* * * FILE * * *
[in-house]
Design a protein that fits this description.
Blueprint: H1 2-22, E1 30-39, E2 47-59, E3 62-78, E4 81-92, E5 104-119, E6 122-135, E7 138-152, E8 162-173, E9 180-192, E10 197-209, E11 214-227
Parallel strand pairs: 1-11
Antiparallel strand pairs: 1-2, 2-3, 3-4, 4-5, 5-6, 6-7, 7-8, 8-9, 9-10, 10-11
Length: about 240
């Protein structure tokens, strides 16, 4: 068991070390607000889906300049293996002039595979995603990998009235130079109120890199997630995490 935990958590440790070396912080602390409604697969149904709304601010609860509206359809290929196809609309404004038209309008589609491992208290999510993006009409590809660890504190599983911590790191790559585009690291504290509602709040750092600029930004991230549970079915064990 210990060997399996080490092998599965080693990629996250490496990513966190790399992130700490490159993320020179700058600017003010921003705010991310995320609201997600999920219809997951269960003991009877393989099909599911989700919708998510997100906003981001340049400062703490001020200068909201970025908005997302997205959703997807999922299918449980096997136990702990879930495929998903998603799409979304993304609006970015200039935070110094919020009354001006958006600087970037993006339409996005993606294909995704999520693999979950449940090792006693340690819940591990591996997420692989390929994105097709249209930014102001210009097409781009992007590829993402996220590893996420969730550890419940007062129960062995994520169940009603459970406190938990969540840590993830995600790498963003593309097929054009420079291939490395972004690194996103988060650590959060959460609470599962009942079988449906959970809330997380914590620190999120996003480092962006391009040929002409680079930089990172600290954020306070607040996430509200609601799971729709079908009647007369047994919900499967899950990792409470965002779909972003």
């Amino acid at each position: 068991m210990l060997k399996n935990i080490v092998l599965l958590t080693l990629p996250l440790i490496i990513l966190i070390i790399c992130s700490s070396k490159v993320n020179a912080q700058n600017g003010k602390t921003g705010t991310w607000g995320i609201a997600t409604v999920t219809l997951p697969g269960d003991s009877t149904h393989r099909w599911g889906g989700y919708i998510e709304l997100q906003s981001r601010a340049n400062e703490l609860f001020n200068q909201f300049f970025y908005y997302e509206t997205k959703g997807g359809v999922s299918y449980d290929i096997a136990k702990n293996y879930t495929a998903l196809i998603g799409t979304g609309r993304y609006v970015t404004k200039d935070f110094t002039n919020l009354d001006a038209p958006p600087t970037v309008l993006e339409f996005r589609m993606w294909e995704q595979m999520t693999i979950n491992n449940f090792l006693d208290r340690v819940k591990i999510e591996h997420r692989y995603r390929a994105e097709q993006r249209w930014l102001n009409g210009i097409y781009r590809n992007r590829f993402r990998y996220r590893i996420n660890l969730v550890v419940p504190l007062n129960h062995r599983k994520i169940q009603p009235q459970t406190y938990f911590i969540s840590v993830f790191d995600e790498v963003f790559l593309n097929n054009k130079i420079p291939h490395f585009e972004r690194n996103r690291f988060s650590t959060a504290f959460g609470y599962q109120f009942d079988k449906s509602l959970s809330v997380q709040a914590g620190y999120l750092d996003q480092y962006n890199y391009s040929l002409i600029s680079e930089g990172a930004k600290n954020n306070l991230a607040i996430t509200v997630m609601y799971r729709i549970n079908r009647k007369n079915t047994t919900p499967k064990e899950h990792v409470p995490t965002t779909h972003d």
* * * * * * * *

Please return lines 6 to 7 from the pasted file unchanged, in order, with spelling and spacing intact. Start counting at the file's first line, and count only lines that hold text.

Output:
Length: about 240
């Protein structure tokens, strides 16, 4: 068991070390607000889906300049293996002039595979995603990998009235130079109120890199997630995490 935990958590440790070396912080602390409604697969149904709304601010609860509206359809290929196809609309404004038209309008589609491992208290999510993006009409590809660890504190599983911590790191790559585009690291504290509602709040750092600029930004991230549970079915064990 210990060997399996080490092998599965080693990629996250490496990513966190790399992130700490490159993320020179700058600017003010921003705010991310995320609201997600999920219809997951269960003991009877393989099909599911989700919708998510997100906003981001340049400062703490001020200068909201970025908005997302997205959703997807999922299918449980096997136990702990879930495929998903998603799409979304993304609006970015200039935070110094919020009354001006958006600087970037993006339409996005993606294909995704999520693999979950449940090792006693340690819940591990591996997420692989390929994105097709249209930014102001210009097409781009992007590829993402996220590893996420969730550890419940007062129960062995994520169940009603459970406190938990969540840590993830995600790498963003593309097929054009420079291939490395972004690194996103988060650590959060959460609470599962009942079988449906959970809330997380914590620190999120996003480092962006391009040929002409680079930089990172600290954020306070607040996430509200609601799971729709079908009647007369047994919900499967899950990792409470965002779909972003």